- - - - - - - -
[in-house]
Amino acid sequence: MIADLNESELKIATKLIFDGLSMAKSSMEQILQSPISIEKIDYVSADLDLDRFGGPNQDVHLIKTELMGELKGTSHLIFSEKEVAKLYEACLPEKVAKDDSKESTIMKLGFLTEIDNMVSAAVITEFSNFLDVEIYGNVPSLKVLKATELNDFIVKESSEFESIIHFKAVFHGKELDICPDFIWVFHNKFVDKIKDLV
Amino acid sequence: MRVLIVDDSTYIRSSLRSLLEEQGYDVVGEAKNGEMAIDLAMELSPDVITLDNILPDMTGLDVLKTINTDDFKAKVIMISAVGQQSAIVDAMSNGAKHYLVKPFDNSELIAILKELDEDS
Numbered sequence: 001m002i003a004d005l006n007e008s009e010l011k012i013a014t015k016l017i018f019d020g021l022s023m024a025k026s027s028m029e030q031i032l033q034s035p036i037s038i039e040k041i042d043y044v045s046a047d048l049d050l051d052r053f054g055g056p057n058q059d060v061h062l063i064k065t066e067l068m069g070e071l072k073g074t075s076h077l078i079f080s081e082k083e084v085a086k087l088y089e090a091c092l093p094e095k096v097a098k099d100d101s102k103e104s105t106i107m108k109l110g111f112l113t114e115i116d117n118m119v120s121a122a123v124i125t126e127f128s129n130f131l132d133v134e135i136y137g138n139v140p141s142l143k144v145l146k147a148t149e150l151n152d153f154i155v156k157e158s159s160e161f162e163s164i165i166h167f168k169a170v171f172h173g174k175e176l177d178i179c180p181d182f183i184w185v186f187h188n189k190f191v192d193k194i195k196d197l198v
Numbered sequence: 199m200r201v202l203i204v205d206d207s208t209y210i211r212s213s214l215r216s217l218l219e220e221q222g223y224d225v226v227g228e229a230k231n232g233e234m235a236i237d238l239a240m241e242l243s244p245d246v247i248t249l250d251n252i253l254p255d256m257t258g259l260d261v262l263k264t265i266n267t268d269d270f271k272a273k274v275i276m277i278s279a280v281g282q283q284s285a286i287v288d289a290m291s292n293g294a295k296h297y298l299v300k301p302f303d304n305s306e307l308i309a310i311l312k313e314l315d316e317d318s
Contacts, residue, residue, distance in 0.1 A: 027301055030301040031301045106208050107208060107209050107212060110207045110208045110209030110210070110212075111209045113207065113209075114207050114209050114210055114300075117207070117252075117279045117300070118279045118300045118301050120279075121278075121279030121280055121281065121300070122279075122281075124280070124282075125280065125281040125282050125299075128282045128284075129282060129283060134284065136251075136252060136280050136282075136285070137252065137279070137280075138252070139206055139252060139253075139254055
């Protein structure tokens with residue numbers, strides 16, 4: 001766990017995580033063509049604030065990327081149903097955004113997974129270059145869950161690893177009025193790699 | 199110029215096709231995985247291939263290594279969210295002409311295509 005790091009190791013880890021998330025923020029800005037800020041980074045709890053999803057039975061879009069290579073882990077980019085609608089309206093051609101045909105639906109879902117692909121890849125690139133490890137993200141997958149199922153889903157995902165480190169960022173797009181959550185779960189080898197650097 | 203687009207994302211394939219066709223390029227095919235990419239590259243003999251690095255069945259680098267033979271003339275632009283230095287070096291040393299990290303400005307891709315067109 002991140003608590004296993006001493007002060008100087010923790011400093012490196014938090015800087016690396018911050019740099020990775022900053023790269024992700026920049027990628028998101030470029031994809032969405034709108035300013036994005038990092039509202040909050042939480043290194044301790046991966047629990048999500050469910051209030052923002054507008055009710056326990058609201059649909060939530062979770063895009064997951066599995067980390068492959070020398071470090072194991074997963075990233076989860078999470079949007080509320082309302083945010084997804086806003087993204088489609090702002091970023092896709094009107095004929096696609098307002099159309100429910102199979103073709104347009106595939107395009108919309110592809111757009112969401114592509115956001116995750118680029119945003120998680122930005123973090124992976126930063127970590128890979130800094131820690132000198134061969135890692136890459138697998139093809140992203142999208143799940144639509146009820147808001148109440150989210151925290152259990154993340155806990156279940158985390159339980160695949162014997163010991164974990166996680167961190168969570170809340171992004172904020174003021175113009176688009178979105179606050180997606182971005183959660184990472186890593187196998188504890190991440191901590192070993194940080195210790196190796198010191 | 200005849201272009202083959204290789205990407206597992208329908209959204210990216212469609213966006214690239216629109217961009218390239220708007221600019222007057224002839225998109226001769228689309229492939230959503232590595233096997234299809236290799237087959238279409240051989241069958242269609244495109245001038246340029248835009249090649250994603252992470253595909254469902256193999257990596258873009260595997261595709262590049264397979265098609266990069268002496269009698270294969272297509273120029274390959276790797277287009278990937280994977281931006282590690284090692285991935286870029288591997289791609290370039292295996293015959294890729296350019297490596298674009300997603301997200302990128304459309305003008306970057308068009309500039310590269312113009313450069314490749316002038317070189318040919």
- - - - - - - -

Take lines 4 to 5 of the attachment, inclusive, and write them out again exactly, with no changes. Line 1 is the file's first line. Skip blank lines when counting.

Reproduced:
Numbered sequence: 001m002i003a004d005l006n007e008s009e010l011k012i013a014t015k016l017i018f019d020g021l022s023m024a025k026s027s028m029e030q031i032l033q034s035p036i037s038i039e040k041i042d043y044v045s046a047d048l049d050l051d052r053f054g055g056p057n058q059d060v061h062l063i064k065t066e067l068m069g070e071l072k073g074t075s076h077l078i079f080s081e082k083e084v085a086k087l088y089e090a091c092l093p094e095k096v097a098k099d100d101s102k103e104s105t106i107m108k109l110g111f112l113t114e115i116d117n118m119v120s121a122a123v124i125t126e127f128s129n130f131l132d133v134e135i136y137g138n139v140p141s142l143k144v145l146k147a148t149e150l151n152d153f154i155v156k157e158s159s160e161f162e163s164i165i166h167f168k169a170v171f172h173g174k175e176l177d178i179c180p181d182f183i184w185v186f187h188n189k190f191v192d193k194i195k196d197l198v
Numbered sequence: 199m200r201v202l203i204v205d206d207s208t209y210i211r212s213s214l215r216s217l218l219e220e221q222g223y224d225v226v227g228e229a230k231n232g233e234m235a236i237d238l239a240m241e242l243s244p245d246v247i248t249l250d251n252i253l254p255d256m257t258g259l260d261v262l263k264t265i266n267t268d269d270f271k272a273k274v275i276m277i278s279a280v281g282q283q284s285a286i287v288d289a290m291s292n293g294a295k296h297y298l299v300k301p302f303d304n305s306e307l308i309a310i311l312k313e314l315d316e317d318s